Mono-tasking, also known as single-tasking, is about focusing on one thing at a time so we get more done. It requires you to break your multitasking habits. Because we live in a highly connected world, that’s not always easy or even possible for every task. But mono-tasking allows you to get into deep work, where you can really focus on a demanding task.
Try setting aside two to four hours daily when you can focus on one thing without interruption. It may take a while to develop this skill, but eventually you’ll be able to engage both sides of your brain to make incredible breakthroughs that have an impact on your business.
7. Capture stray thoughts.
It can be annoying when a tantalizing thought enters your brain when you’re in the middle of doing something else. “I need to remember to this!” you tell yourself. And then you try to set the thought aside, while simultaneously trying to remember it.
As you may have learned from experience, trying to remember a thought while you’re involved in a task often fails. However, if you write it down you can truly let it go, knowing you can reexamine it later. You close the loop. If you rely on memory, you’re either wasting energy trying to remember it, or you forget it completely and lose the value of that idea. Either way, it’s a waste.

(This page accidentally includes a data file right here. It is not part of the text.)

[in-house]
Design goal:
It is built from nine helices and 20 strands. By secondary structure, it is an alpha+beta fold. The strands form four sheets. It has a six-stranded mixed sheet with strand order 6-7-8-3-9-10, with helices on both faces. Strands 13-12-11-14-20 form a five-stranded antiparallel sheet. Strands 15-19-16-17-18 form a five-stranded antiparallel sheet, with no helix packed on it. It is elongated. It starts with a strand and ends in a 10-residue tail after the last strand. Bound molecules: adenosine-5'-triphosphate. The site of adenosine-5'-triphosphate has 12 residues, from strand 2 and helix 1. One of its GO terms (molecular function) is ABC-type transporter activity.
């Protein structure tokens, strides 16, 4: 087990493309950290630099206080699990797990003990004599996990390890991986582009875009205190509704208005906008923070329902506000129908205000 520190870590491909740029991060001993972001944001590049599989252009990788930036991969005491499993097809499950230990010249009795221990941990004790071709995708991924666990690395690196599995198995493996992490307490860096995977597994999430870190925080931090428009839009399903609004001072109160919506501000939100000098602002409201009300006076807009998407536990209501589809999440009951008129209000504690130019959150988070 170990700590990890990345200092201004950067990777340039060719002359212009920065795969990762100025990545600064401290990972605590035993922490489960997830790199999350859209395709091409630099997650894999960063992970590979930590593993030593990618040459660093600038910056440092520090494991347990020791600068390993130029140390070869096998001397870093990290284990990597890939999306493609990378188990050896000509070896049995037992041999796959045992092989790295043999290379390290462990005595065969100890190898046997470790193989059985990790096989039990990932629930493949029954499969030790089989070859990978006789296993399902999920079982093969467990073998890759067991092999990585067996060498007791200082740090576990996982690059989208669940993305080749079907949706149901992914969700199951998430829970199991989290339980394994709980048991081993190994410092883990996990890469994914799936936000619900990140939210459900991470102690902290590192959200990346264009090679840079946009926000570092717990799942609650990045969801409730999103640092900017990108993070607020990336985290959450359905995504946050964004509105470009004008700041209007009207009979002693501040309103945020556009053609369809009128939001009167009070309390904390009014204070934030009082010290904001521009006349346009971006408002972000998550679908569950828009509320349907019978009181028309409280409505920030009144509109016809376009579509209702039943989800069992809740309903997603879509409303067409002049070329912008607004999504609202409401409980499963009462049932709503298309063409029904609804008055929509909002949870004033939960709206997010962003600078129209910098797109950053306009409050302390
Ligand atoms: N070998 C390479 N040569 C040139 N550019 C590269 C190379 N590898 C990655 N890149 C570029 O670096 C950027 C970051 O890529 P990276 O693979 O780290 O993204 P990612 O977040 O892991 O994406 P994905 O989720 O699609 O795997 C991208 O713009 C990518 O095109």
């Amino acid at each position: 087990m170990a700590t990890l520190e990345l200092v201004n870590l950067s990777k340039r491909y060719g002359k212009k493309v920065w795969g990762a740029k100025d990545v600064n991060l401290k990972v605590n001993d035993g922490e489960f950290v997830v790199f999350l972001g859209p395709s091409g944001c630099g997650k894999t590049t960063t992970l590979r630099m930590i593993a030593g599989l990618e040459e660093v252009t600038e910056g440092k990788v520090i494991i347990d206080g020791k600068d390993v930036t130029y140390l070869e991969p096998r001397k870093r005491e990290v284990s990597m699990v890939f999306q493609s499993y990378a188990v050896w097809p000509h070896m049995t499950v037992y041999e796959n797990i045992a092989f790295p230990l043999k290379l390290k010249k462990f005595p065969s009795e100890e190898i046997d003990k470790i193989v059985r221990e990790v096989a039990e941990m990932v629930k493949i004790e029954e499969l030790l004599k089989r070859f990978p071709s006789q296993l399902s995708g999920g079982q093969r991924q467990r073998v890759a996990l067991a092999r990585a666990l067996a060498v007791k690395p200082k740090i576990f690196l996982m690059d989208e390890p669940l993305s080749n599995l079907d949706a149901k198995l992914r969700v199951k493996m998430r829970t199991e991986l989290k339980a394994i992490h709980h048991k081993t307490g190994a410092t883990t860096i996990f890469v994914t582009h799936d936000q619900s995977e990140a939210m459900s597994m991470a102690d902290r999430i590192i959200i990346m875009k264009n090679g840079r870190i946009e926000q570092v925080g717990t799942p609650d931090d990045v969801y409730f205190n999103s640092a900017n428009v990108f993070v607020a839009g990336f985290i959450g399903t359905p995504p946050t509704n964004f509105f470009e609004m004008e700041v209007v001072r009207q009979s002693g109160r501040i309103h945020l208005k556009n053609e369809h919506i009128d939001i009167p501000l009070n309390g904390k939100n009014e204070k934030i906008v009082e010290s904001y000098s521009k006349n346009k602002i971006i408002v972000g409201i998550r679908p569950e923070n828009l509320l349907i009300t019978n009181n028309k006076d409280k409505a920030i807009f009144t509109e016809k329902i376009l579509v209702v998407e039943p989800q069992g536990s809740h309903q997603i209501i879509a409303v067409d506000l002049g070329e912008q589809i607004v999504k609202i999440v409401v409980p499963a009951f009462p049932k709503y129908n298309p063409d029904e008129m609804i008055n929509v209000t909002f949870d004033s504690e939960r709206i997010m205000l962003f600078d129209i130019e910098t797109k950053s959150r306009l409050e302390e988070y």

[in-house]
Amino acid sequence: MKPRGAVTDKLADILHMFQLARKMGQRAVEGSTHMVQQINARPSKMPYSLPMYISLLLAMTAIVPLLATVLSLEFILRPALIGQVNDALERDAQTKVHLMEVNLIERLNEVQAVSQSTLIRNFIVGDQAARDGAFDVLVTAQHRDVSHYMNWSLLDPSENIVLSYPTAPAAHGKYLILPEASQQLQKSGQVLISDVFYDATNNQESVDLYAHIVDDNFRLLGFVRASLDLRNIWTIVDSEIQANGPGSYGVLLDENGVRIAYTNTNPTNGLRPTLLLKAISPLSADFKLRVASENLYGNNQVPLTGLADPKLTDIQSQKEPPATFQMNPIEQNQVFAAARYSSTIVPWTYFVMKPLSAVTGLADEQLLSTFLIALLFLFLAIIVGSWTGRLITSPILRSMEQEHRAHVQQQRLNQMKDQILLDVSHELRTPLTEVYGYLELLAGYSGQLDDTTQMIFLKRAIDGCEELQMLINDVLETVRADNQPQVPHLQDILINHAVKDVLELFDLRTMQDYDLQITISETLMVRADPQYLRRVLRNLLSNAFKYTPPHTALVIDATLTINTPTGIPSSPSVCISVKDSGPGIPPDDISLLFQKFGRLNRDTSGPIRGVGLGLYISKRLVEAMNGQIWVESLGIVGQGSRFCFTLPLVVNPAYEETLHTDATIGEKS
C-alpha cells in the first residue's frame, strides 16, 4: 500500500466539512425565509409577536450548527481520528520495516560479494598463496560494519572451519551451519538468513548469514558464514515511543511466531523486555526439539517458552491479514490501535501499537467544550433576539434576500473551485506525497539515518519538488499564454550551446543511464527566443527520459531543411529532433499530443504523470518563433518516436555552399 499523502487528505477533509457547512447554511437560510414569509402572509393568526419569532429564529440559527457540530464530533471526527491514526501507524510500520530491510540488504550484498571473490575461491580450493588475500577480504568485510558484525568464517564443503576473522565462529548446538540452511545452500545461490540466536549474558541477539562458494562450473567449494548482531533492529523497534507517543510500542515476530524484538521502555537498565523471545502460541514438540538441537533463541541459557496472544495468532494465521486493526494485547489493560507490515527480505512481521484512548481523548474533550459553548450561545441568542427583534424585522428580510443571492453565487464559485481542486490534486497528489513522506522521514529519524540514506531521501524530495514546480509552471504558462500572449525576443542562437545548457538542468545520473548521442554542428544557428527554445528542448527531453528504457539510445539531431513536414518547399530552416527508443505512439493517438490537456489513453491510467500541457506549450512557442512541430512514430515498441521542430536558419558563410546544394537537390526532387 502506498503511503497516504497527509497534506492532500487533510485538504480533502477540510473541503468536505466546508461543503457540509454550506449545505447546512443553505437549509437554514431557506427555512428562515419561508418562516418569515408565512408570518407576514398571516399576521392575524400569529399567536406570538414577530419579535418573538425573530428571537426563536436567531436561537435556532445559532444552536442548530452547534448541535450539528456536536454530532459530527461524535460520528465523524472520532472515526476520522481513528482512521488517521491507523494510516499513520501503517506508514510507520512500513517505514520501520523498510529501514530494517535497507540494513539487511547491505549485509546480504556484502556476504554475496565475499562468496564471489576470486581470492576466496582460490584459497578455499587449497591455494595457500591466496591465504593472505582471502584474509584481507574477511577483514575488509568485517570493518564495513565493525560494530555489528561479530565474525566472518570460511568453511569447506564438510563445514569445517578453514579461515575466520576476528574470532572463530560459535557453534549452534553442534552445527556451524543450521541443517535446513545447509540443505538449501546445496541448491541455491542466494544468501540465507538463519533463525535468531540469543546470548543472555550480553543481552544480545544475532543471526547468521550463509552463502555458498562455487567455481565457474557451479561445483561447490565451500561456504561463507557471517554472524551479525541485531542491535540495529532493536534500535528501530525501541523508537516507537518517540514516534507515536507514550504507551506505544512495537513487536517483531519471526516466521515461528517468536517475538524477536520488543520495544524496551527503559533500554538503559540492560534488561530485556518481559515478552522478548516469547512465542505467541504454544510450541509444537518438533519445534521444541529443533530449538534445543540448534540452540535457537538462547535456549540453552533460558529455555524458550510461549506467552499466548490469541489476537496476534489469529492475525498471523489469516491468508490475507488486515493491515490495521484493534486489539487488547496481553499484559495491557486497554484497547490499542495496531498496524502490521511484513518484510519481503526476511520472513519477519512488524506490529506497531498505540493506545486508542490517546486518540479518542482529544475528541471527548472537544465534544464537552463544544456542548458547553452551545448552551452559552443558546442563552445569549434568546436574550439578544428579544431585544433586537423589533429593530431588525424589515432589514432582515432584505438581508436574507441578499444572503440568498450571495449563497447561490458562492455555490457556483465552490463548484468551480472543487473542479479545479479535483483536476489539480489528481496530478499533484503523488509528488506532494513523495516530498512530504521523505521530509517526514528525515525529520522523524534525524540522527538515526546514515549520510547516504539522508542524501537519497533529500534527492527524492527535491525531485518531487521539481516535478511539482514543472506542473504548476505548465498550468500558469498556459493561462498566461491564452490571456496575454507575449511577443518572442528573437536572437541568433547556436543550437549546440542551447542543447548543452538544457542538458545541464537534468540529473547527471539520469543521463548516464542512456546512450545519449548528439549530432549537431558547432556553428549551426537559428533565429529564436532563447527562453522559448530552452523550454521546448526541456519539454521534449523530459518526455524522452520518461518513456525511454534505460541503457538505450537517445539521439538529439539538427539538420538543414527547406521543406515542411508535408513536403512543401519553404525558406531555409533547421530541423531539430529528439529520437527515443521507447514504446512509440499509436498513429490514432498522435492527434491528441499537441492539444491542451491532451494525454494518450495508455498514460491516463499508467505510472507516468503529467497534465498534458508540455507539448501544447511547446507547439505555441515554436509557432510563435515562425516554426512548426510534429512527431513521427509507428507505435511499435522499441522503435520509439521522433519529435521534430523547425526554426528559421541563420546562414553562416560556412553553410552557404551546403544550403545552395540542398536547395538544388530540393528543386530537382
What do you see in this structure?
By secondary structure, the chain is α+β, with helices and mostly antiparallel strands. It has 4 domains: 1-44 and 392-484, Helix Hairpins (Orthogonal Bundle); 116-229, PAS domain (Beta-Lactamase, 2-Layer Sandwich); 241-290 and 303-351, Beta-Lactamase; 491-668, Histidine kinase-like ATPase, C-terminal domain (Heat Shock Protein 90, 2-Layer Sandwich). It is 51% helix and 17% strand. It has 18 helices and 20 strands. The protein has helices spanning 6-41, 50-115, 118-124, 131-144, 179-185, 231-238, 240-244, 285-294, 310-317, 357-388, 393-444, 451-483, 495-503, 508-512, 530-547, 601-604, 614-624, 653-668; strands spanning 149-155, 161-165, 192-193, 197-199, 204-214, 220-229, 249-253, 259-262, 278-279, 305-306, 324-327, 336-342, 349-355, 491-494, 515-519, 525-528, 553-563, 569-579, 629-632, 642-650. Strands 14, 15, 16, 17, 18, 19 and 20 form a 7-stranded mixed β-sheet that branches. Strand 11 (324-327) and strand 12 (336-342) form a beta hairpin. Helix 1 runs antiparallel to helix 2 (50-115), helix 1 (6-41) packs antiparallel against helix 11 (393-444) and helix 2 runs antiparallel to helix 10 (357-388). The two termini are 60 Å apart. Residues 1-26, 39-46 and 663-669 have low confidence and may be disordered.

Make sure you capture these random thoughts and ideas, either in a notebook or in an app that you always have handy. This can be part of a massive, ongoing brain dump that you can refer back to and will ensure that you don’t lose that lightning bolt of genius, or forget that you need to pick your suit up from the cleaner. Just be sure to review your notes on a regular basis!
8. Sleep, eat and breathe.
It’s nearly impossible to be hyper-productive if you’re feeling exhausted, hungry or overwhelmed. It’s important that we continue to engage in self-care, even when we’re slammed at work or are feeling overwhelmed with projects. You’re not a machine — you need rest, food and a clear mind to perform well. That means ditching junk food and fast food, and nourishing your body with healthy meals and snacks. It means getting a solid eight hours of sleep at night, exercising during the day and carving out time for mental breaks.
Taking even a few minutes out of your day to focus on your breathing or to meditate can help you clear your mind. Another option is to go for a quick power walk or take the stairs rather than the elevator in your office building. These activities will help reinvigorate you so you can focus. Think of it as a reboot for your brain.